CLOSING ARGUMENT: Mayor Mark Boughton, Candidate for GovernorMay 10, 2018
How one of the frontrunners feels about 15 percent, the primary field, Ned Lamont, and more.
“I’m gonna be very happy to spread our message across the state of Connecticut,” Mayor Mark Boughton (R-Danbury) told Reclaim Connecticut last week. “[When] you look at everybody on the race, what makes us different is I’ve been reelected time and time again in an urban area.”
That’s part of Boughton’s closing arguments headed into this weekend’s CT GOP convention at Foxwoods, where he’s expected to be one of the top competitors.
Boughton is considered a frontrunner heading into convention weekend, along with former First Selectman Tim Herbst (R-Trumbull).
We checked in with Boughton as part of Reclaim Connecticut’s ongoing “Closing Argument” series, where candidates competing at May’s statewide conventions – and, potentially, August’s primaries – have a chance to make their case to convention delegates and voters.
A candidate has to earn the support of 15 percent of the delegates at the convention to automatically qualify for the August primary. If he or she doesn’t hit 15 percent, they can petition their way onto the primary ballot, though it can be a long and expensive process. Whoever earns 50 percent of delegates’ votes, after any number of rounds of voting, wins the party endorsement.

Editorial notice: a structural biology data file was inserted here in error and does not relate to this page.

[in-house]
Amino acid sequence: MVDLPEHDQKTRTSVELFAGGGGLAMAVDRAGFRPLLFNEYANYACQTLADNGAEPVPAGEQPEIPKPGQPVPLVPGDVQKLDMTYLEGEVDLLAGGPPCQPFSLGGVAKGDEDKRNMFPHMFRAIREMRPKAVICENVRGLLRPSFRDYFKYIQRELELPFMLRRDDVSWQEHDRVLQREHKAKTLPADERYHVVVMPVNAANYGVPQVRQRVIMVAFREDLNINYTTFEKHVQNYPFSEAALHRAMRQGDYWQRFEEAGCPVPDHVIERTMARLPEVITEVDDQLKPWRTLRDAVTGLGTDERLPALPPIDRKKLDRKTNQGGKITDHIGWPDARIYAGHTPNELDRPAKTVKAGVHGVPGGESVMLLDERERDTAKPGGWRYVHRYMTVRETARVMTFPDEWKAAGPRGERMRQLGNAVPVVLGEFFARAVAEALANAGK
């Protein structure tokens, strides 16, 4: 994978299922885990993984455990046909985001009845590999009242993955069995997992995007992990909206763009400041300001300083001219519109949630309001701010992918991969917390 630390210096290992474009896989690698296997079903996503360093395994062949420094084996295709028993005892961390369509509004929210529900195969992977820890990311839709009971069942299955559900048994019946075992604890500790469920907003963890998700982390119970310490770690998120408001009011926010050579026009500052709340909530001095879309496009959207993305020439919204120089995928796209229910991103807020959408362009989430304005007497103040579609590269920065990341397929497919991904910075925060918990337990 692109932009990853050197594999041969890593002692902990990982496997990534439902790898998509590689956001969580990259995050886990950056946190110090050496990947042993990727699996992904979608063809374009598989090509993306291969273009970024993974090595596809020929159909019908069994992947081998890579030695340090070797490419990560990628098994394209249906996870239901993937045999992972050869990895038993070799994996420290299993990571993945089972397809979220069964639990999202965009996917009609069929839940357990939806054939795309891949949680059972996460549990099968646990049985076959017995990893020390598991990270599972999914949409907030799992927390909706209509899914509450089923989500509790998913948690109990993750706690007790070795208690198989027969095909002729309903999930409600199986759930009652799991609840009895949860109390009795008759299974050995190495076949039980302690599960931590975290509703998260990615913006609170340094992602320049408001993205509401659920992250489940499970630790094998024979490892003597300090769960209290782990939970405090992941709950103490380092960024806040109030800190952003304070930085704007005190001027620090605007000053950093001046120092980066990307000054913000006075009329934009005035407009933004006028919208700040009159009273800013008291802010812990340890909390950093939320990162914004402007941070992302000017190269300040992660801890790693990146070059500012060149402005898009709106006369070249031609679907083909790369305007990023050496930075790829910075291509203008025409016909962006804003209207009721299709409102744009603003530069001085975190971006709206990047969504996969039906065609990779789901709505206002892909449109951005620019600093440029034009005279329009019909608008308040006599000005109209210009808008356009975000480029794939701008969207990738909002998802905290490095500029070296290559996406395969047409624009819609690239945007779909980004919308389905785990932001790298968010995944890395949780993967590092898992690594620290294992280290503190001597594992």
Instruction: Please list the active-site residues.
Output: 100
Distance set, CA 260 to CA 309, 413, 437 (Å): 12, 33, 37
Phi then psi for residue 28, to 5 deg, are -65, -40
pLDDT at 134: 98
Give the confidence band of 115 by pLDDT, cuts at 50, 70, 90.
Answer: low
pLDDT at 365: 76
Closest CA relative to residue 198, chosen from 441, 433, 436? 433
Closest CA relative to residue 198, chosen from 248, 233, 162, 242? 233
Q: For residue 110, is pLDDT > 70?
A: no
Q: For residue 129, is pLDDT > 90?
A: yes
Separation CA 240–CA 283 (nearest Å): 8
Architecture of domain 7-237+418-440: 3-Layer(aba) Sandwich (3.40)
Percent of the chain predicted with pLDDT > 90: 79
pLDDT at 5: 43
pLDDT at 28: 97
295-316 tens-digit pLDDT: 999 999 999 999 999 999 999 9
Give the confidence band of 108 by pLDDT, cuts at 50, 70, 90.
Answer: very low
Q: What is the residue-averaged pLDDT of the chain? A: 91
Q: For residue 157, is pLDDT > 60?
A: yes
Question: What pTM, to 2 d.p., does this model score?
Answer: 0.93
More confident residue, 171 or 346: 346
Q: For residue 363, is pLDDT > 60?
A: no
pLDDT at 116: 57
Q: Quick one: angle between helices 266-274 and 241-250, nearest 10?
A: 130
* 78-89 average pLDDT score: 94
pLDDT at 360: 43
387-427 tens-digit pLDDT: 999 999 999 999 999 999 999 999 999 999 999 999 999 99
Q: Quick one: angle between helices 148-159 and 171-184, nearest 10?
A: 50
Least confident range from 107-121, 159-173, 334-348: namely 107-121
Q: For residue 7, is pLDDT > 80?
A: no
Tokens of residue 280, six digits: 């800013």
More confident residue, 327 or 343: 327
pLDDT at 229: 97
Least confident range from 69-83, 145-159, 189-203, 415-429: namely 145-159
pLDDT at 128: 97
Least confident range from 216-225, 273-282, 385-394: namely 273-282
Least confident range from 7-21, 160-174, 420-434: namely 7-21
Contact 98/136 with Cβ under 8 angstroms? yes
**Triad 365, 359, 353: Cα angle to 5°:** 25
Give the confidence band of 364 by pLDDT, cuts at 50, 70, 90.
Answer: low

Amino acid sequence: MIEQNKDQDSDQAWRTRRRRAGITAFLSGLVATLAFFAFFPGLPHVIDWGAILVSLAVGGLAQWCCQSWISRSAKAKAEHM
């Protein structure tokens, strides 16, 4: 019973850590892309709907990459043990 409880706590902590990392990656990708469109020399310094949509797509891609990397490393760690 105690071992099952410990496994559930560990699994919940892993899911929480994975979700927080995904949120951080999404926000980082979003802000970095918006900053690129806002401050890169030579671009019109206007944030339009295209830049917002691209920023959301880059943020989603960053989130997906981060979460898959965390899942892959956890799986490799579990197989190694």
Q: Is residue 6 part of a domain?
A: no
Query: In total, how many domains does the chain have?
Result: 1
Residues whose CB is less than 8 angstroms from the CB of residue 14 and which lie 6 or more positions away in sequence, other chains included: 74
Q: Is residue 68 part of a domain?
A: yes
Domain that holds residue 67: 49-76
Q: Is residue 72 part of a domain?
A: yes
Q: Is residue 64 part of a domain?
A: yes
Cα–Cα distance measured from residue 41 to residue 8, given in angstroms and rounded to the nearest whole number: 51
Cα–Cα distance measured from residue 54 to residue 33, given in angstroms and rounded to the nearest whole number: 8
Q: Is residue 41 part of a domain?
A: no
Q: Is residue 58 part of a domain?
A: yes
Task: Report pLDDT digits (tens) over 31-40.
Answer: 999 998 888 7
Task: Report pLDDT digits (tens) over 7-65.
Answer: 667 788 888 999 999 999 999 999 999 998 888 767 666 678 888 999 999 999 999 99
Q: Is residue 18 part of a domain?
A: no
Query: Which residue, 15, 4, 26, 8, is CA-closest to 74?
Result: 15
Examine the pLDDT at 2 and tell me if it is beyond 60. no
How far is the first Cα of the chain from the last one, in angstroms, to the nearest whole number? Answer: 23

Boughton’s focused more on the 50 percent than the 15.
“I think that’s — we’re not worried about the 15 percent,” Boughton said. “We’re really looking at 50 percent plus one.”
Boughton noted “there’s a lot of candidates” – perhaps the understatement of the year – but added “we’re in very strong shape.”
The Danbury mayor is anticipating a “full field” in the primary.
“We expect between five and six candidates,” Boughton said, “with an outsize chance of seven candidates.”
Who does that include? Boughton didn’t say, but you can bet he and Herbst, and petitioning candidates Bob Stefanowski and David Stemerman, will be on the August primary ballot. A few other candidates may hit 15 percent this weekend and qualify, or try to petition their way onto the ballot this summer.
“We can only control what we do,” Boughton cautioned. “We’re calling delegates, doing mail pieces, and doing a lot of person-to-person contact.”
BOUGHTON V. LAMONT?
But when it comes to the fall, Boughton would be ready for a potential challenge with businessman Ned Lamont, increasingly the frontrunner in the Democratic field.
“Here’s the bottom line: Ned Lamont was born with a silver spoon in his mouth,” Boughton said. “I was born washing dishes, and serving in the military … and connecting with the residents in our state.”
“I think we’ve had enough of the millionaires,” Boughton added.
The fall is still months away, though. First comes Saturday’s convention. “We’re just honored. We’ve had such strong support from delegates,” Boughton concluded. “We’re honored by their faith in us.”
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